News Congo DR (DRC) | 04 July 2023

41 Killed in Ugandan School Attack


Show: true / Country: Congo DR (DRC) / Congo DR (DRC)
Top photo: OD Field worker speaking to family at a funeral after the attack on the Lhubiriha Secondary School.

Every night, Mary Masika went to bed hearing the voices of singing children coming from the school near her home in western Uganda’s Kasese District.

But on the evening of Friday, June 16, instead of singing, she heard screaming That night, as the students prepared for bed in their dormitories, militants attacked Lhubiriha Secondary School, killing at least 41 people, mainly male students, and abducting several girls. Others were critically injured. Open Doors’ local contacts in the area said that most, if not all, of the victims were Christians.

Targeted violence
The group of at least five militants, part of the Islamic extremist group Allied Democratic Forces (ADF), attacked with a purpose in mind. An Open Doors field worker shared: “According to a survivor of the school attack, the militants [said] if there were Muslims among the students, they should move aside because they were not going to hurt fellow believers.”

At around 11:30 pm, towards the end of the attack, Masika told the BBC that she heard one of the assailants talking at her gate, asking a fellow fighter if “the job was done.” She said they began shouting “Allahu Akbar” (“God is greatest”) and that after these chants one of them added: “We have succeeded in destabilizing Museveni’s [the Ugandan President] country.”

The details of the attack are horrific. Militants burned the school buildings while children were still inside, mercilessly killing 37 students along with four residents. It is still unclear how many were kidnapped. Some sources say seven while others think it could be dozens.

In response to the heinous attack, Uganda’s People Defense Forces sent helicopters to search for the abducted students. Ugandan President Yoweri Musevni called the attack “desperate, cowardly, terrorist action.” “We are bringing new forces to the Uganda side as we continue the hunting on the Congo side,” he said.

The school is less than two kilometers from the border of the Democratic Republic of the Congo (DRC)  where the ADF is mainly active today.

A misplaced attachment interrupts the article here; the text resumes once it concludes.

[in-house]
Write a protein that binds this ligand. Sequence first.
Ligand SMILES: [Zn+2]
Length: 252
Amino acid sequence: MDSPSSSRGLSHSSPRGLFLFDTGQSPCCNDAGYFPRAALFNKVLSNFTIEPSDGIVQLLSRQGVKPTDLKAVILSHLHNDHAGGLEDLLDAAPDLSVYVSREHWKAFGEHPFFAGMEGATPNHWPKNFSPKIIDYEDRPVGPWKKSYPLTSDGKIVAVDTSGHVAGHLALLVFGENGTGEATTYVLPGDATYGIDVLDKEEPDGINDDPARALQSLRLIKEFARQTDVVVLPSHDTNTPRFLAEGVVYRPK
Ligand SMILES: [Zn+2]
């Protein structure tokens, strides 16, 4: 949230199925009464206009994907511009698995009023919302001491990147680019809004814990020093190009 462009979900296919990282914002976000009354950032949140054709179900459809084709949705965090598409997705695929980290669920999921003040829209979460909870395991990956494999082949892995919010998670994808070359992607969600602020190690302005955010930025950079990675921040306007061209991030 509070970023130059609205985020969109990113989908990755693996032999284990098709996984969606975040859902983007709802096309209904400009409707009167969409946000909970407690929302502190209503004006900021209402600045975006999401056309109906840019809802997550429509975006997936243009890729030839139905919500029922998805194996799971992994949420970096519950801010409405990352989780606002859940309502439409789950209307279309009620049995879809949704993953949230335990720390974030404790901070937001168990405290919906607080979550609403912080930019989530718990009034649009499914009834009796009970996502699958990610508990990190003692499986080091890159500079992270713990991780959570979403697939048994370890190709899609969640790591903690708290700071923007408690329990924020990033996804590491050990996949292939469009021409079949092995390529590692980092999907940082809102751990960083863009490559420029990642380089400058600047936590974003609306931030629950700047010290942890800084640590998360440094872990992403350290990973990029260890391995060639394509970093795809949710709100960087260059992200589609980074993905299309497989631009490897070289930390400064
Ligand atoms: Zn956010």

Open Doors’ spokesperson for our work in sub-Saharan Africa, Jo Newhouse* shared: “Open Doors unequivocally denounces this brutal attack. For years now, the Christian-dominated communities in northeastern DRC have suffered immensely under the brutality of the Islamic militant ADF group with insufficient international attention to their plight [Read: 

“The ease with which the militants crossed the border to Uganda and callously attacked some of the most vulnerable in society is a huge concern and serves as urgent alert to the agenda of the group to expand their influence and footprint.”

What remains of the burnt out dormitories at the Lhubiriha Secondary School.

Who are the ADF?

Founded in 1995 in the eastern region of the Democratic Republic of the Congo, the Allied Democratic Forces has Ugandan and extremist Islamic roots. The group was formed to fight and overthrow the Ugandan government through an agreement between portions of Uganda’s Tabliq Islamic sect and the National Army for the Liberation of Uganda (NALU), a group that sought to violently establish strict
Islamic rule in Uganda.

Since 1995, the ADF has been supported by various parties to fight for various objectives, including several governments in the DRC who tried to disrupt the Ugandan and Rwandan military presence in the country. But a report by the Center for Strategic and International Studies notes that following the 2015 arrest and extradition of ADF leader Jamil Mukulu, the group aligned with the Islamic State group (the Islamic State group publicly recognized ADF as an affiliate in late 2018). The allegiance with the Islamic State group has launched increased and focused efforts to kill non-Muslim civilians.